Then he learns the philosophy of renunciation. Macbeth is not only a study of fear; it is a study in fear. The sounds and images in the play combine to give the atmosphere of terror and fear. The incantation of the witches, the bell that rolls while Duncan dies, the cries of the women as Lady Macbeth dies, the owl, the knocking at the gate, the wild horses that ate each other, the storm, the quacking of the earth; all of these are the habitual accompaniments of the willfully fearful in literature. Macbeth might well have shared Gnashes title, The Terror of the Night. Shakespearean tragic heroes are slaves of passions.
The tragic sufferings and death arise from collision, not with a late or blank power, but with a moral power, a power, akin to all that we admire and revere in the characters themselves. Shakespeare in all his tragedies was primarily concerned with passion which wrought its action. As far as the comedy of Shakespeare is concerned, it is usually believed that Shakespeare is known more for his great tragedies than for his comedies. But it was in the workshop of comedies that he mastered his technique. In these early comedies he made experiments with different types of comedies and practiced a perfect construction.
He is making experiments with characterization and dramatic expressions. The Comedy of Errors is a good example of a common Elizabethan practice of adaptation of a classical comedy to the contemporary stage. In Love’s Labor Lost attempts with brilliant success a new type f comedy, one of personal and social satire. The tone of the Italian school prevails here more than in any other play. He ridicules the social follies of the day; more specially he laughs at the Elizabethan extravagance of language, at the Renaissance parade of learning and even at characters; Armada, Holystones, Moth are caricatures of well-known people of that day.
In The Two Gentlemen of Verona, Shakespearean first attempt at a form in which he was later on to become pre-eminent, a romantic comedy dealing primarily with the theme of love. In it Shakespeare struck out a new tat which he was to pursue with admirable results; it is his earliest comedy in which a romantic love-story is told in a dramatic form. It was in A midsummer Night’s Dream that Shakespeare attained full success in romantic comedy. In this play, he blended classical, the realistic and the romantic elements of Elizabethan drama.
Taming of a Shrew, Merry Wives of Windsor and King Henry 4, form another group in which his skill in construction, his sense of fun and farcical situation are evident. The scenes dealing with Potpourri and Katherine are some of the most hilarious scenes in Shakespeare comedy. The under strained low comedy at Godchild and the Boar’s Head Tavern is perhaps most hilarious scenes. The Merchant of Venice, Much Ado About Nothing, As You Like It and Twelfth Night are comedies of the period. They are dramatic representation of the comic idea.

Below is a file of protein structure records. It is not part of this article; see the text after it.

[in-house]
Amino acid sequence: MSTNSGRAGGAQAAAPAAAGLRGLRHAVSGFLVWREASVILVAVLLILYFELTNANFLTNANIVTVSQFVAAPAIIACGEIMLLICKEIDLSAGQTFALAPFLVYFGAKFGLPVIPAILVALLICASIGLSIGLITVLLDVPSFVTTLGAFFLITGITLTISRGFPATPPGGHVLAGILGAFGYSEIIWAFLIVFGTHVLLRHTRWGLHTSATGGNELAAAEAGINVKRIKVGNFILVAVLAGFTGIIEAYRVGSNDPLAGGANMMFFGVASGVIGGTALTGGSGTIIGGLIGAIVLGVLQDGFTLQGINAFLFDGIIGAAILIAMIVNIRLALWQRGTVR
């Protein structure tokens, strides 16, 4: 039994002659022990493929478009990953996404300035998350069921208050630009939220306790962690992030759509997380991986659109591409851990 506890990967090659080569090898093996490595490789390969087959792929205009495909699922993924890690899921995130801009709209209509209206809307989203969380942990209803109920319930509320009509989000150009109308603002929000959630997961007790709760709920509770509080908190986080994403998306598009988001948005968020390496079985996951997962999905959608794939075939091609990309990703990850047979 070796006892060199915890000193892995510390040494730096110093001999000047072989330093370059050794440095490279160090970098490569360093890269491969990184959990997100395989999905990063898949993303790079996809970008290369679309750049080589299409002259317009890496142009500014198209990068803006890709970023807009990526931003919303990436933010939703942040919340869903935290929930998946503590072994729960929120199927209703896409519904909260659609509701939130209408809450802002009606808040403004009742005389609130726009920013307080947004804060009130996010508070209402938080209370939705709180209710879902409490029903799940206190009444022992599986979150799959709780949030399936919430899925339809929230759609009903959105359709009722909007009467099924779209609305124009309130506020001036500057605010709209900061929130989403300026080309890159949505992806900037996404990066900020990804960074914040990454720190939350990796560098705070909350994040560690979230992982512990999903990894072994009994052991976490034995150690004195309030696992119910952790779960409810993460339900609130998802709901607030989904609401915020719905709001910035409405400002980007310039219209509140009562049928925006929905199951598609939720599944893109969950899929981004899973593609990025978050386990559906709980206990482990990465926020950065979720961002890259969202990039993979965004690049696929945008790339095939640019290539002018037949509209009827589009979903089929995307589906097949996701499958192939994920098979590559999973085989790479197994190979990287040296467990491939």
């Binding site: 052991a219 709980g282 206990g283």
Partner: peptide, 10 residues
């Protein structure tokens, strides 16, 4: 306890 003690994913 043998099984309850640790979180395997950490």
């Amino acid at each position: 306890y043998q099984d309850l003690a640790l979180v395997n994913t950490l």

In All Is Well That Ends Well, Measure for Measure and Tortuous and Carries, some critics believe, there was a mood of cynicism. These comedies deal with men of action who exhibit the relative values of reason and intuition in the search of human happiness. Shakespearean high comedy, characterization is of a high order. There are complex odds and subtle characters in these moods. His humor is many-sided. Cruel or harsh laughter is almost ruled out. The laughter of Joy rings in the earlier and middle comedies, and a smile, beautiful in its wisdom and serenity, illuminates the comedies of the closing periods.
If satire is present, it is only on rare occasions a satire of manners. On the whole, his humor is tolerant, sympathetic, genial and sparkling. Downed is of the view: “All his high comedies are beautiful re to realism. They are good examples of cherry optimism. They sweeten our feelings towards humanity; they lure us away to s nor only a f the play combine to gig’ Terror of sufferings and death a :aura a power. ‘. N. ;fill its cit( rootless prattles characterization and d aromatherapy Ir oaf connect:y one of peers parade of Lear,OMG NC fir-,r remap at a form path he NAS ICC play, he classic drama.
Taming CB a SSH Venire, Ado AOL the period They are del ‘1 ‘nunnery. On the whole romance. ” The Age of Restoration lived its own span be the sands of time. Throughout the history of literary criticism, Restoration the subject of their violent criticism. Charles Lam called it a “world of themselves”. He says that people in this a Christian dome into the land of cuckoldry – the utopia of gall duty and the manners perfect freedom. ” William Haziest also s relation to the actual world. One feels like being transported Thus, all the critics who have condemned Restoration comedy immortal and dull.